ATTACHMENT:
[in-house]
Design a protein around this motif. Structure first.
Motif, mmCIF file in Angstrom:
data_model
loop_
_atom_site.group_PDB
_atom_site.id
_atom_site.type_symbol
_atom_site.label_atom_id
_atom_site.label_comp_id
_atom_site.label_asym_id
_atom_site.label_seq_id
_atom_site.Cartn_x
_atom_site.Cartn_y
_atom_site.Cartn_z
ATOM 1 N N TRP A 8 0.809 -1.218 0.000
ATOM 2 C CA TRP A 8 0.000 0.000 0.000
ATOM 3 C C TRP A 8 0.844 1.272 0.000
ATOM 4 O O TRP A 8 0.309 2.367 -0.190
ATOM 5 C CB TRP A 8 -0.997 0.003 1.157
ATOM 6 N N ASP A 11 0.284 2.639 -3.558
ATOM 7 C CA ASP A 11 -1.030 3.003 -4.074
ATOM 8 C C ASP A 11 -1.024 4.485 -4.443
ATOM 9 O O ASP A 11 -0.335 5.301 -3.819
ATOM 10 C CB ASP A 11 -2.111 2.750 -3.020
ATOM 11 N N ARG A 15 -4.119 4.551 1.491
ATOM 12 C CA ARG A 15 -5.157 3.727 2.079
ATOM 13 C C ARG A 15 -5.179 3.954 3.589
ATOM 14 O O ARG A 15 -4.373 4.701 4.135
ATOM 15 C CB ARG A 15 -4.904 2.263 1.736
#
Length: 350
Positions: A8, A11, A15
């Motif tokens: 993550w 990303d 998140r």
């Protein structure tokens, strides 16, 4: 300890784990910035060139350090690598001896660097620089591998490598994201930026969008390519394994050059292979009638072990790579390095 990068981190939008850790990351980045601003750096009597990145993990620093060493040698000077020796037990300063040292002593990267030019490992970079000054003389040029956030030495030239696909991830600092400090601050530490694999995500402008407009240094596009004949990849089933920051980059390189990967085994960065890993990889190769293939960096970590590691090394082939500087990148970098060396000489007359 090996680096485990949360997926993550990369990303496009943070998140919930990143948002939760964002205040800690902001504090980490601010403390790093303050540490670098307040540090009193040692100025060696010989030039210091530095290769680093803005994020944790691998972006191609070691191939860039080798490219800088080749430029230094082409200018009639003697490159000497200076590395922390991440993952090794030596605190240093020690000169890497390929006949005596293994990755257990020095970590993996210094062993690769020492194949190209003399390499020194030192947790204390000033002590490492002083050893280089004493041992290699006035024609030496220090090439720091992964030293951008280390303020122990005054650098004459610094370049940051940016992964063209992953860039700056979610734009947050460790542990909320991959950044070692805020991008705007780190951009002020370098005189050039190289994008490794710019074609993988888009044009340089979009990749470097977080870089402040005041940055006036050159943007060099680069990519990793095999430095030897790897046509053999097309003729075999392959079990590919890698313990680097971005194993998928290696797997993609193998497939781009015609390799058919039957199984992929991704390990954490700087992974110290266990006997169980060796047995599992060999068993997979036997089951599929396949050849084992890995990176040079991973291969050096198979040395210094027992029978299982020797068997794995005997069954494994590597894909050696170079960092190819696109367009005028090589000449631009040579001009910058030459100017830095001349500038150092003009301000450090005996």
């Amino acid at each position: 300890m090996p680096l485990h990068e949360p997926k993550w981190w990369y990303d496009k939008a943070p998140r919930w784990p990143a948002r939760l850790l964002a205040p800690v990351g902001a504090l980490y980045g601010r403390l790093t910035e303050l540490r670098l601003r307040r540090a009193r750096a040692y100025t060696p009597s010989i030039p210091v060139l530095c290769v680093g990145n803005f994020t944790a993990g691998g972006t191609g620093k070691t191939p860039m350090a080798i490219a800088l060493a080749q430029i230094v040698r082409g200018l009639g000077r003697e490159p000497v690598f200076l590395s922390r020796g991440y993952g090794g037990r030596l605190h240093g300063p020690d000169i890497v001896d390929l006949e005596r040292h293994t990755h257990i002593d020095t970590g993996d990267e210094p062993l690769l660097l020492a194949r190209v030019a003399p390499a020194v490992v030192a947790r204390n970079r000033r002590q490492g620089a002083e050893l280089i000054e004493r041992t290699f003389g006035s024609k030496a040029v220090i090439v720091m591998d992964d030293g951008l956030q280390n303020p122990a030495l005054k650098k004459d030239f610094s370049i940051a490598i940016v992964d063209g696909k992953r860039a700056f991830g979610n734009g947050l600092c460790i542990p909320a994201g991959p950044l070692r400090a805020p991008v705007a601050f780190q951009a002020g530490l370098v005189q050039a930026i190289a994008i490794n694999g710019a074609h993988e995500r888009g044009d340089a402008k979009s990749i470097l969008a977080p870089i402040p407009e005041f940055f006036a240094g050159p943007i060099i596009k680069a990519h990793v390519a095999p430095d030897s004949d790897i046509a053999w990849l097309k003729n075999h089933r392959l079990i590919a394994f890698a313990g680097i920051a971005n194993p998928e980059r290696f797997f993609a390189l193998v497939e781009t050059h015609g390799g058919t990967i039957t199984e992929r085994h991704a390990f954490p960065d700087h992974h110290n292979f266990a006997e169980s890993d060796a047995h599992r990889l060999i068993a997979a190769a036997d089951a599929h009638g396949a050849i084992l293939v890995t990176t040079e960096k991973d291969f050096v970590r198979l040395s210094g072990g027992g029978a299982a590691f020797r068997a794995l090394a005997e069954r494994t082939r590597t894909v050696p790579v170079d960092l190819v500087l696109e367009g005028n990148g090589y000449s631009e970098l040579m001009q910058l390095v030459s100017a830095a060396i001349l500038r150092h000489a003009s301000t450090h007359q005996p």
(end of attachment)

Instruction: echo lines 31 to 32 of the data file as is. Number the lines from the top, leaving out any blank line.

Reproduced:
#
Length: 350